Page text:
A letter of resignation?
Regrettably, I will no longer be your student columnist for the Detroit Lakes Tribune. There are several reasons for my sudden resignation, but the most significant is the simple fact that I am running out of ideas. Last week, I had an epiphany that the time had finally come for me to hang up the keyboard when a friend suggested I write a column about a bus ride to a girl's basketball game, and I actually considered it.
You, kind readers, may have noticed my desperation in recent weeks, in which I wrote about such meaningless and inconsequential topics as pizza, coffee, and -- this is the worst one -- a cold shower. Ouch, right? When a man is reduced to writing about such things, you know he's finally scratched the bottom of his well of inspiration, and had better get his word processor taken away before he can cause further damage to the literary world.
I realize that someone will probably have to take my place, and, since I have been in the column business for a while, I have some tips to offer my successor, which may or may not be of use. Here they are, future Wave columnist; use them as you will. Please keep in mind that I have violated (to use an understatement) every one of these "rules" myself.
- The most important thing to remember is that you are writing a column for a small-town Sunday newspaper, not an academic journal. Keep your audience in mind when selecting your subject matter. People -- even educated people -- aren't apt to spend 20 minutes of their precious weekend struggling through a pretentious philosophical diatribe, having to make notations in the margins.
- Omit needless and excessively long or obscure words, even if that means ceremonially burning your thesaurus. Stephen King, in his book On Writing, recommends using the first word that comes to your mind. It will usually be the best choice.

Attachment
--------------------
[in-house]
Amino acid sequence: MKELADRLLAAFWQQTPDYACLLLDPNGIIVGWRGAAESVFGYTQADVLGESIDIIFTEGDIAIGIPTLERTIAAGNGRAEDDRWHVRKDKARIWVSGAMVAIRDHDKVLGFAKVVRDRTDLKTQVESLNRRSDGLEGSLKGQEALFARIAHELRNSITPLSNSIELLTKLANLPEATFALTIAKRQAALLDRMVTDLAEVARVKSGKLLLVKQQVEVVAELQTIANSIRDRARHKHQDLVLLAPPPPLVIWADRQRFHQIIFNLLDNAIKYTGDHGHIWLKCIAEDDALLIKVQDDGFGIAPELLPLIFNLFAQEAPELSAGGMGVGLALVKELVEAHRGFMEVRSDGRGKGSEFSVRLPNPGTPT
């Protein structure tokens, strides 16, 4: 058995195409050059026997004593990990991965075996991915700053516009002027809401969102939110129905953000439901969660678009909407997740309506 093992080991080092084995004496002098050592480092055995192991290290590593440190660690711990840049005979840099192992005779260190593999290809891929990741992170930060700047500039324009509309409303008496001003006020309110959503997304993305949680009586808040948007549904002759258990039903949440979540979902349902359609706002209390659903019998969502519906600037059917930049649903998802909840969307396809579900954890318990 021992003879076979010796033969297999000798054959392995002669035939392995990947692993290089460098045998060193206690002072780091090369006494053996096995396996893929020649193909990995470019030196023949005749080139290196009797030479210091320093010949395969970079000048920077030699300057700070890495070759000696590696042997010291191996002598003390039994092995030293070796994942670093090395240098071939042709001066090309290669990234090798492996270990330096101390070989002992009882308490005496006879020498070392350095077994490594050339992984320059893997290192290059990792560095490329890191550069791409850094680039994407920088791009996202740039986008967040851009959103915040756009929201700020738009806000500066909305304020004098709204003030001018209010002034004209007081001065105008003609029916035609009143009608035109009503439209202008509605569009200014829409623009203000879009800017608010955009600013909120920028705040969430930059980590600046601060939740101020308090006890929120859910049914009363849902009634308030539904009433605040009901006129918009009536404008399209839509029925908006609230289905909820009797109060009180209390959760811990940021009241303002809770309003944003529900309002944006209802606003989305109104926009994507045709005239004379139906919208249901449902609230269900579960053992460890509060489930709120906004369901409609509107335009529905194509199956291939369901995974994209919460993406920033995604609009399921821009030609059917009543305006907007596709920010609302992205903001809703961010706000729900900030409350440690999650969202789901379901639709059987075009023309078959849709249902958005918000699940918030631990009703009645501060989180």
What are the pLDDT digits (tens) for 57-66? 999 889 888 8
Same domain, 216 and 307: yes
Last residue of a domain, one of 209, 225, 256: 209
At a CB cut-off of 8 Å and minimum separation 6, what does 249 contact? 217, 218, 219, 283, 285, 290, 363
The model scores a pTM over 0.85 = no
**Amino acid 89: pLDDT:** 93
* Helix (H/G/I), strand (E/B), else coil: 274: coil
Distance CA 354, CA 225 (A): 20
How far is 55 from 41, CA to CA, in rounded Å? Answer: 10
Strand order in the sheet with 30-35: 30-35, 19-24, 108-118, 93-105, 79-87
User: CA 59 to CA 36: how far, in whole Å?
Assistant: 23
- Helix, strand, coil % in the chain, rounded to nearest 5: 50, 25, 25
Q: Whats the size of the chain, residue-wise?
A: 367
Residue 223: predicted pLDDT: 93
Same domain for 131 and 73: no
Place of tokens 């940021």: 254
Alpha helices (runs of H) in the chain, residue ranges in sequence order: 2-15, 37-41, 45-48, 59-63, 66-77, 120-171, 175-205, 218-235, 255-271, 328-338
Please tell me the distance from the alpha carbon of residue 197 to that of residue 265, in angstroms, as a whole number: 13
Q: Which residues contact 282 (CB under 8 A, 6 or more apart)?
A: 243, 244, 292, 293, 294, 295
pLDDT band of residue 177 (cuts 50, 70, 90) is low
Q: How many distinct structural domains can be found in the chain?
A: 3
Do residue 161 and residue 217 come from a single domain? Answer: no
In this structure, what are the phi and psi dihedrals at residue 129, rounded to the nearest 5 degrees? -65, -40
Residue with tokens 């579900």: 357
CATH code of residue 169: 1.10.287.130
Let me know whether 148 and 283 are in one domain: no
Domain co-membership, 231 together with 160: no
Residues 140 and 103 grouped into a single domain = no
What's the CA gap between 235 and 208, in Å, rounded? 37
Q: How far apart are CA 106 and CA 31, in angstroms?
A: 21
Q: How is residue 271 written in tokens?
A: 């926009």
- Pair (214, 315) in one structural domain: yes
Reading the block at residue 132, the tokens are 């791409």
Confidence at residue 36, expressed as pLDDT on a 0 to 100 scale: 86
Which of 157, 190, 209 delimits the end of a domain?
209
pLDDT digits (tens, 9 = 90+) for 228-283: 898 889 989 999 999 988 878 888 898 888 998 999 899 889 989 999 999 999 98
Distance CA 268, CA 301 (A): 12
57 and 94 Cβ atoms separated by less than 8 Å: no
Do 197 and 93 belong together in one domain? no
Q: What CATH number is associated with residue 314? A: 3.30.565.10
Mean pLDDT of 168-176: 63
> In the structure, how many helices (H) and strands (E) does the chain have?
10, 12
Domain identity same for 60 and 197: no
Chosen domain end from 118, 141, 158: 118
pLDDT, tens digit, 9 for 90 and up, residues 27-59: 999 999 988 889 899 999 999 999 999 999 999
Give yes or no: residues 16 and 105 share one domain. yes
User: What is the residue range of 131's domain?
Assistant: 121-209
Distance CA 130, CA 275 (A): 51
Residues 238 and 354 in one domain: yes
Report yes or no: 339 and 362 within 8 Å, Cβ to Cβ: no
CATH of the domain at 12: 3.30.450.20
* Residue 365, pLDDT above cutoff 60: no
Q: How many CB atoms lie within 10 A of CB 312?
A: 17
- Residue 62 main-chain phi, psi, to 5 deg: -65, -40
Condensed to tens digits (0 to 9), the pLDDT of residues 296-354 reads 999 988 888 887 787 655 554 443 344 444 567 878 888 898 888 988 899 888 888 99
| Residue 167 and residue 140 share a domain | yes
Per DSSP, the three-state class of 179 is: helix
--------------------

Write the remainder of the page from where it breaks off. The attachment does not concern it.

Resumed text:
- Try to put lawyers to shame as frequently as possible. People love to read about an attorney being put in extremely humiliating or, better yet, potentially perilous situations.
- Try to come across as humble. You probably have many more life accomplishments under your belt than me, but still, no one wants to read about your status as a Superior Human Being. Save your bragging for your annual Christmas letter.
- And finally, never take yourself, or the world around you, too seriously. I know it's tempting to try to tackle serious, heavy issues, but people read enough doom and gloom in the rest of the paper. Your job is to counteract some of those negative vibes by reminding people that there are still those good things in life.
I want to thank the local newspaper for giving me this unique and invaluable experience; I haven't been able to find another newspaper closer than Rochester, Minn., which actually has student columnists. I feel fortunate to live in a town where the newspaper goes out on a limb to find young literary talent... and doesn't give up when it ends up with people like me instead.
Next, I thank my family for putting up with all of the inconveniences and humiliation that my column has brought them this past year and a half. My brother has many times threatened to write the Tribune an editorial exposing all of the "lies" I've written about him, and I thank him for never doing so. My mom has tirelessly served as my editor and has otherwise been an invaluable aid to me. Without her, my column would never have worked. My dad gave me inspiration when I just couldn't think of anything to write about, although the lawyer jokes were never his idea.
Finally, I want to extend my warmest welcome to the person who will take my place as a Wave columnist. I am sure you'll do a wonderful job, and I wish you the best luck in what I consider one of the best jobs a high-school kid can have.
To my readership, I thank you for reading and congratulate you if you didn't just fall for a prank, which I consider to be one of my best in a long time: this column. If, however, you really believed that I was going to give my column up after this week, then I guess the joke's on you, pal. April Fools!